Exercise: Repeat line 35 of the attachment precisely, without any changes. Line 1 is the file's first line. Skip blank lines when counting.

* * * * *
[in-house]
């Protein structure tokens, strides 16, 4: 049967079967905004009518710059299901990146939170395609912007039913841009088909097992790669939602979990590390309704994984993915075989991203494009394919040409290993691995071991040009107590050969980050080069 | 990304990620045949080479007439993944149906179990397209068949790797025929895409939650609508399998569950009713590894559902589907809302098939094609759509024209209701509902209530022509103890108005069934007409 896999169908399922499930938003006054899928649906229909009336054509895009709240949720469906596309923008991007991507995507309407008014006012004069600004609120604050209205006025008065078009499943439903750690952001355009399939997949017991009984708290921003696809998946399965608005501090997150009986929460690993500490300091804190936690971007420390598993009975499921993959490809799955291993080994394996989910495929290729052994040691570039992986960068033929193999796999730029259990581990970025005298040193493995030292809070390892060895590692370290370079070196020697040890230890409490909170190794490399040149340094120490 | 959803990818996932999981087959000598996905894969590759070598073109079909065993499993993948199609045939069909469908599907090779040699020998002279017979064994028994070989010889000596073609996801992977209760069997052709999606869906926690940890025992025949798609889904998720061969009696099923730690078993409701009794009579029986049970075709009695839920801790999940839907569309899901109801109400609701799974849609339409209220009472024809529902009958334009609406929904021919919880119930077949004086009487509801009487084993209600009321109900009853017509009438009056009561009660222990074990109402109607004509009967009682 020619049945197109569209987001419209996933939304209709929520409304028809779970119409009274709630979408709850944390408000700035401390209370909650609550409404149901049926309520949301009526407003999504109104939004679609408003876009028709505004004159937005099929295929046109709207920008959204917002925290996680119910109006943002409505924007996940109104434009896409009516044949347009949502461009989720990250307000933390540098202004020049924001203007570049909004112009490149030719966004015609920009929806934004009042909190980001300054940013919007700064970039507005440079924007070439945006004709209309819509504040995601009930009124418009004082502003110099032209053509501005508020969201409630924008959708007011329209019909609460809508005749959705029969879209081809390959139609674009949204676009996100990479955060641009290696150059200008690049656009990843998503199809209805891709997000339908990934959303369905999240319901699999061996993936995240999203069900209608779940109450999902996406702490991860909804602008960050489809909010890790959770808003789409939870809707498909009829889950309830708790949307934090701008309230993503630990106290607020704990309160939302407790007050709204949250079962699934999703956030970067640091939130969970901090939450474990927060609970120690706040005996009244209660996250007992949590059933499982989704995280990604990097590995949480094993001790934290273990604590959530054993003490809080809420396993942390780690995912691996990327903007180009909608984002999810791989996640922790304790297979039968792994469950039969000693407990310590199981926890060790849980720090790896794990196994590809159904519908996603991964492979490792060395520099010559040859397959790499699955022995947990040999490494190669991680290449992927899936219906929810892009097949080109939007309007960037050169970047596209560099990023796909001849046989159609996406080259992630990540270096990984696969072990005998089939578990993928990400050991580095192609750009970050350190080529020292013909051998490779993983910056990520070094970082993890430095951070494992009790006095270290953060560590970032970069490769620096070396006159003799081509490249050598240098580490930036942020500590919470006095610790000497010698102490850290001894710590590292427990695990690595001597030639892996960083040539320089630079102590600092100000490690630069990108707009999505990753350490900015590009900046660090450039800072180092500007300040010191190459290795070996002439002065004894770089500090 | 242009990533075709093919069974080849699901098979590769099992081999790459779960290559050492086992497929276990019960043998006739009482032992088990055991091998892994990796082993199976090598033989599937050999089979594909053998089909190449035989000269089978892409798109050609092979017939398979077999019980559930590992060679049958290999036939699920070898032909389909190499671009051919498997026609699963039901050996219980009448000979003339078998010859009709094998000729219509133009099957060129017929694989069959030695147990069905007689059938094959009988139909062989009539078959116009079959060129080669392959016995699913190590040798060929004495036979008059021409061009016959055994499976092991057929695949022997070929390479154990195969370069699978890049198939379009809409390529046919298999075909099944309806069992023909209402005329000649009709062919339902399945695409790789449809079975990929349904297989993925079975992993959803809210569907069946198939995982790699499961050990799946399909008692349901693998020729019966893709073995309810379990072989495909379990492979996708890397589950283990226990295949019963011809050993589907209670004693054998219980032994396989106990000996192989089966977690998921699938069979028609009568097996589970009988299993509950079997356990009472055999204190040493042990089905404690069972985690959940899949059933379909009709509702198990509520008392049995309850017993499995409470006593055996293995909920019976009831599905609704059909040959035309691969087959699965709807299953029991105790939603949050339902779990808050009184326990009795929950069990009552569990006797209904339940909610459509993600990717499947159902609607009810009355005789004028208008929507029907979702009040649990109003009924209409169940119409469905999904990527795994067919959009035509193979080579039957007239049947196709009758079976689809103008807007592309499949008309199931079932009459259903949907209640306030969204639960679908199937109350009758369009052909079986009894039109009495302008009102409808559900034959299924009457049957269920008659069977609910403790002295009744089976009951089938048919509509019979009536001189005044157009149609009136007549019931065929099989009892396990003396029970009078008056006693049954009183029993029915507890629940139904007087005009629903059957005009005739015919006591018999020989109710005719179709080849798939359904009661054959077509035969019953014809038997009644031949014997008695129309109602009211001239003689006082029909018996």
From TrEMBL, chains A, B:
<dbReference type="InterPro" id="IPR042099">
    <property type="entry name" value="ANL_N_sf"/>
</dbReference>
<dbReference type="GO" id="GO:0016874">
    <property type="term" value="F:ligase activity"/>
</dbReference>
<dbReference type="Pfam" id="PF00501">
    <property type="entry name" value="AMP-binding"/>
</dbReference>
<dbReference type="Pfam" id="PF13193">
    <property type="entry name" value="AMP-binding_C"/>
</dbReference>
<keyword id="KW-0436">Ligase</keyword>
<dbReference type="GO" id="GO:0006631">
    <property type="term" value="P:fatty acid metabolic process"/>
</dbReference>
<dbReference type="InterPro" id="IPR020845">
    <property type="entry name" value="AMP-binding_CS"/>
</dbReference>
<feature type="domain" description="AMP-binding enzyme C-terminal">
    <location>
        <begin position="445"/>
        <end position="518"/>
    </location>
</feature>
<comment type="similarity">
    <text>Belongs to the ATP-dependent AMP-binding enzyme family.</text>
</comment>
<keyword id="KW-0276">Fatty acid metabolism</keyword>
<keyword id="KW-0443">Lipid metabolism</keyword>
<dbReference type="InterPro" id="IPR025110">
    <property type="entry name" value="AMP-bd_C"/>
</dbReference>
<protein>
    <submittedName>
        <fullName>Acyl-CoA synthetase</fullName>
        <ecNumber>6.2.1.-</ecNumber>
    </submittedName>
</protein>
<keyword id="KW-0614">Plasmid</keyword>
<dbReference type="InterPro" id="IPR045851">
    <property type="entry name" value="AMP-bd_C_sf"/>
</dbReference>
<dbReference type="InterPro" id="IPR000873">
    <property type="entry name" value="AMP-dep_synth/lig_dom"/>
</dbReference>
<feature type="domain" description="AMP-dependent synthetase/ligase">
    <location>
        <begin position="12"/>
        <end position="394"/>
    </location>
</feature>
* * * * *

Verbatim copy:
    <property type="entry name" value="AMP-bd_C"/>